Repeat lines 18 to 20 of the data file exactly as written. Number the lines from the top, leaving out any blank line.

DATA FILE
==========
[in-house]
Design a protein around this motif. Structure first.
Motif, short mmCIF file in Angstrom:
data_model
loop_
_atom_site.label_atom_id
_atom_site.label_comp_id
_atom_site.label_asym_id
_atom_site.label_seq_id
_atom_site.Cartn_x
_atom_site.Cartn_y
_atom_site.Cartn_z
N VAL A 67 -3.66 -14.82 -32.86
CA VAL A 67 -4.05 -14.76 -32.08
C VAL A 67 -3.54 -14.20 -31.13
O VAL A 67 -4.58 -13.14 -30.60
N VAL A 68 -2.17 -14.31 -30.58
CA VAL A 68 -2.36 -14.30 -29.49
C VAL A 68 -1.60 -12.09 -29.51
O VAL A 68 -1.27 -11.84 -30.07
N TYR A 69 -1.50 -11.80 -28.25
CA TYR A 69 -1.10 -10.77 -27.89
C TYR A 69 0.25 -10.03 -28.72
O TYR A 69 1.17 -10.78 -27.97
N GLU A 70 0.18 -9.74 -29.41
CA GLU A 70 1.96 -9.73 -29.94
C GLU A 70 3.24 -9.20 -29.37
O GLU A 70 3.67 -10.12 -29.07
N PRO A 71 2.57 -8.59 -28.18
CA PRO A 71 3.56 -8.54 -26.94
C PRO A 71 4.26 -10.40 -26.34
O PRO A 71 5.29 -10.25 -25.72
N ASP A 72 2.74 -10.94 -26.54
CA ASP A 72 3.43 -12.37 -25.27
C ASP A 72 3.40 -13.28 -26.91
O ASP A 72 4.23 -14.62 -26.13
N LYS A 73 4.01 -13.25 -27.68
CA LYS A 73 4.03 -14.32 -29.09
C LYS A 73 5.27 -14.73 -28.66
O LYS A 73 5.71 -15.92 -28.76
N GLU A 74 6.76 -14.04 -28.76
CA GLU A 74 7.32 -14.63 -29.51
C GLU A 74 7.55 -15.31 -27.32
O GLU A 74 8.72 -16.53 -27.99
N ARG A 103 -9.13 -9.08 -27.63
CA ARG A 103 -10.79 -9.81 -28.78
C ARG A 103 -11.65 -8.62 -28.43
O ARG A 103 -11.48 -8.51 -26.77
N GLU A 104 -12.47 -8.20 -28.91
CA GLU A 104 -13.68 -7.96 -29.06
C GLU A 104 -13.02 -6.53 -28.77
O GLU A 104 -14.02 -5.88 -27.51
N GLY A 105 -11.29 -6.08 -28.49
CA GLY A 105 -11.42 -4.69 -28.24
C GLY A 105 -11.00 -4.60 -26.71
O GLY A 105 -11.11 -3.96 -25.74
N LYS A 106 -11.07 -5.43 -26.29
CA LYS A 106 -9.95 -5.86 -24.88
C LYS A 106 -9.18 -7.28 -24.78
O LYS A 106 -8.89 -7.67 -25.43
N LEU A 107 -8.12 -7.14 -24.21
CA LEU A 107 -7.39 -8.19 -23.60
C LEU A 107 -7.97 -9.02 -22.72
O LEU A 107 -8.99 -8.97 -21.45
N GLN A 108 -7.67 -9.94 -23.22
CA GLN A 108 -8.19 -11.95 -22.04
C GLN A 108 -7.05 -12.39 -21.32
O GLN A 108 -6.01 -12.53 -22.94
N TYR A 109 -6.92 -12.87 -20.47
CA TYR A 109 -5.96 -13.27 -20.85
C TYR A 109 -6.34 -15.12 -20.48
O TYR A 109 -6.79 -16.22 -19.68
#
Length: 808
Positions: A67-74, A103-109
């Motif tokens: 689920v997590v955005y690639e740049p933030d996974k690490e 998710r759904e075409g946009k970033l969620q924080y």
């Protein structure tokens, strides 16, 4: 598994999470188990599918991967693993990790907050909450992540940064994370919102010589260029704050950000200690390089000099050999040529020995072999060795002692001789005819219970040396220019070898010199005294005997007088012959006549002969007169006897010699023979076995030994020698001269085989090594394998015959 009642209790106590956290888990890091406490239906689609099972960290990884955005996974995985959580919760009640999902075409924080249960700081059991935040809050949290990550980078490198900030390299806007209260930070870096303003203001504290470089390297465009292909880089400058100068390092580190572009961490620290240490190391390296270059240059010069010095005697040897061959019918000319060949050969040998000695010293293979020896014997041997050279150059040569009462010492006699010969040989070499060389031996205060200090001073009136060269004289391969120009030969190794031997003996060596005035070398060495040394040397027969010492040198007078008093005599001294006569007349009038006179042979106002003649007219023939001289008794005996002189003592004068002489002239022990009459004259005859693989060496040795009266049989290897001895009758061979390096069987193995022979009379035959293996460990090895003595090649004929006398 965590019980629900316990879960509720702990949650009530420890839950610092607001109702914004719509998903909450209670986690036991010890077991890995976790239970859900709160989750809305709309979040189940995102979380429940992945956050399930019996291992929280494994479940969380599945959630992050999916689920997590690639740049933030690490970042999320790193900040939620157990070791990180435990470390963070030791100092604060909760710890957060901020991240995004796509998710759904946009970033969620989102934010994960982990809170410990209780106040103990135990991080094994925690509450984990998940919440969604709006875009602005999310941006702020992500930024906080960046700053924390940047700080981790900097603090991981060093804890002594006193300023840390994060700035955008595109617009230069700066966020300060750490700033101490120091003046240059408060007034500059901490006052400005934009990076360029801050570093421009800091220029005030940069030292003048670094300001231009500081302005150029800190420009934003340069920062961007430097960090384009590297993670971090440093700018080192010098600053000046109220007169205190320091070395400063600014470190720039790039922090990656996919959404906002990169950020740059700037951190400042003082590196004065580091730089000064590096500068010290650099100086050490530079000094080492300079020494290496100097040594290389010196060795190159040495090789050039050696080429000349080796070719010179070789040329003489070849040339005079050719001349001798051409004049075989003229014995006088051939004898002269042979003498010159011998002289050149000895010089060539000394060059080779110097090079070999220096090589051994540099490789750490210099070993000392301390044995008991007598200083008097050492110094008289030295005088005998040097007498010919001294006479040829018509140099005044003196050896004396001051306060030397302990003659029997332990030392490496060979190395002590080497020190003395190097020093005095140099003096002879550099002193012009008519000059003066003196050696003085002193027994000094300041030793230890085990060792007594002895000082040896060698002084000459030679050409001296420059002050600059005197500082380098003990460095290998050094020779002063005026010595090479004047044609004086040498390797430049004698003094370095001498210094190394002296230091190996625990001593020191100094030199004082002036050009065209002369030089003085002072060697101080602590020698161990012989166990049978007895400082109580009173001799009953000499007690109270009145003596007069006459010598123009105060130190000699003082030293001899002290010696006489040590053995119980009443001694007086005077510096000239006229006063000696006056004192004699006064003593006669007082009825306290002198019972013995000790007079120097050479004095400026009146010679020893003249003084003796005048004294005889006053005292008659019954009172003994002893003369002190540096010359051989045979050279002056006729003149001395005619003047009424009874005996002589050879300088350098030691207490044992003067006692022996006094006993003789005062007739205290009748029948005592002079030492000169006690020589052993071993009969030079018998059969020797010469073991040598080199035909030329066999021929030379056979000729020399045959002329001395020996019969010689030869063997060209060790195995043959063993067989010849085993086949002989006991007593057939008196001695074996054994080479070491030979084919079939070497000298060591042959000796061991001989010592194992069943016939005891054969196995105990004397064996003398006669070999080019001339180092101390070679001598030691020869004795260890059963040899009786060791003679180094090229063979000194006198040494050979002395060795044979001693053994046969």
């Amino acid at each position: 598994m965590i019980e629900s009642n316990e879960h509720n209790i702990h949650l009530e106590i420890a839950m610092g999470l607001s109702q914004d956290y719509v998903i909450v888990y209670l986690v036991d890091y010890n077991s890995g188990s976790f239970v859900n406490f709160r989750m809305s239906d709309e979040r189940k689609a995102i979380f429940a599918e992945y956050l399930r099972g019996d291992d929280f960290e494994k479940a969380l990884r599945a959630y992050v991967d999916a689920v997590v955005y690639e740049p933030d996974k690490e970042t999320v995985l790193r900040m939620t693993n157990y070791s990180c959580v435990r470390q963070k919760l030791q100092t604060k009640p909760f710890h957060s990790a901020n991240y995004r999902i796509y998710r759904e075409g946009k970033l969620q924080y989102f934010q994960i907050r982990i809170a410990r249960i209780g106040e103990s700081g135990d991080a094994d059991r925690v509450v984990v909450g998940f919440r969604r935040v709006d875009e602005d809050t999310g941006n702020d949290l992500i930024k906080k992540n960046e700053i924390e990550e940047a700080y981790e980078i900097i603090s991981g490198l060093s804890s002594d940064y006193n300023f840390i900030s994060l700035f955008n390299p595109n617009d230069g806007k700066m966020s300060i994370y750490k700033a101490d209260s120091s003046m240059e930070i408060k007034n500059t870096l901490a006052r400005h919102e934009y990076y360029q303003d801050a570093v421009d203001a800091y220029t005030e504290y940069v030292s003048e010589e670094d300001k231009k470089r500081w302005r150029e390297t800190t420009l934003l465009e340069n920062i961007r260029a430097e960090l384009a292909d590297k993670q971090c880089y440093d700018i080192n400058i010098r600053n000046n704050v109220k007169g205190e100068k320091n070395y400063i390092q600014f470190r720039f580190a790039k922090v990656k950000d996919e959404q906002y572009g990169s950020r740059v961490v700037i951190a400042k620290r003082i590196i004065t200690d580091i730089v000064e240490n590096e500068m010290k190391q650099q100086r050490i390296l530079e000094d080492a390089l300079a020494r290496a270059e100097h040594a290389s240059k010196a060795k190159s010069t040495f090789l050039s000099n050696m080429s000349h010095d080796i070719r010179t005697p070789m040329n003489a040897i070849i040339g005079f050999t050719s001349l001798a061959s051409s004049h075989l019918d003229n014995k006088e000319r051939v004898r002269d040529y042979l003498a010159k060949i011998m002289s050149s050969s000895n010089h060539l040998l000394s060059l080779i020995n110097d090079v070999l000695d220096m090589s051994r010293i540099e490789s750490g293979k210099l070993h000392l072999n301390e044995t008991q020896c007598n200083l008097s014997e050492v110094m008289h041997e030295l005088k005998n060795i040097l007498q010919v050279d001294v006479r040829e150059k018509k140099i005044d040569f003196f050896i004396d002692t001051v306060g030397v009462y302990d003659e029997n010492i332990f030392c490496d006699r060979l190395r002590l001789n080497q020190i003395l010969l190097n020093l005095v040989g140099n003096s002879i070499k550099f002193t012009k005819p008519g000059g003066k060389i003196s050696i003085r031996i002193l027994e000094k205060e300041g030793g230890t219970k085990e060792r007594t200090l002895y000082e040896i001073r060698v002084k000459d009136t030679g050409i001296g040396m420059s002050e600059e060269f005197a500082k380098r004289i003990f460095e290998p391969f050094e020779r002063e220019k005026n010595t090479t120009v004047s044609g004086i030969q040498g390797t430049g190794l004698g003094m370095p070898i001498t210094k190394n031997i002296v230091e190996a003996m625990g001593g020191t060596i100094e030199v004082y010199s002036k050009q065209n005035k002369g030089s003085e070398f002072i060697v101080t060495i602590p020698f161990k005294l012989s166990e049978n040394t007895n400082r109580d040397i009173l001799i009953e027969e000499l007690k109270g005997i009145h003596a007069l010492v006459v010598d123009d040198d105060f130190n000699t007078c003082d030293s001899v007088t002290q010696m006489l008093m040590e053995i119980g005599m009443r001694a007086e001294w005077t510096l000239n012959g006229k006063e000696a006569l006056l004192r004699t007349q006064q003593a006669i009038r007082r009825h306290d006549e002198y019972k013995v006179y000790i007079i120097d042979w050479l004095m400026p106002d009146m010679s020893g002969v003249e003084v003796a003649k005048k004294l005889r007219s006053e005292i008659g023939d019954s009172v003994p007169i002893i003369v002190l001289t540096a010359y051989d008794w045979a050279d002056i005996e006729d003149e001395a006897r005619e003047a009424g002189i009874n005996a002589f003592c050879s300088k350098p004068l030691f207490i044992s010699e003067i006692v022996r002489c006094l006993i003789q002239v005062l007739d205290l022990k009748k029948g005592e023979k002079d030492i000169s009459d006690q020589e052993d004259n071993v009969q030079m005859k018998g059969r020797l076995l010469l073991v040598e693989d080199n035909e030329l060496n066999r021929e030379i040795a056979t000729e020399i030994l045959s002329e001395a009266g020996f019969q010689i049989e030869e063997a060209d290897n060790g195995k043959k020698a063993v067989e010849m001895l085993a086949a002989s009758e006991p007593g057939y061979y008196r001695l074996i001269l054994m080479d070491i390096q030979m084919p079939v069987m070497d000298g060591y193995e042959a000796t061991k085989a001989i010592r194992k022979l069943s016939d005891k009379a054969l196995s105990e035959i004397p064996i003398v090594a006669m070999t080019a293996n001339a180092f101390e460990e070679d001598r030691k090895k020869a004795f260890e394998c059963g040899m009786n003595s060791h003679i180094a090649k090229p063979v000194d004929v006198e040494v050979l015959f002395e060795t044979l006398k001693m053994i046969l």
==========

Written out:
CA VAL A 68 -2.36 -14.30 -29.49
C VAL A 68 -1.60 -12.09 -29.51
O VAL A 68 -1.27 -11.84 -30.07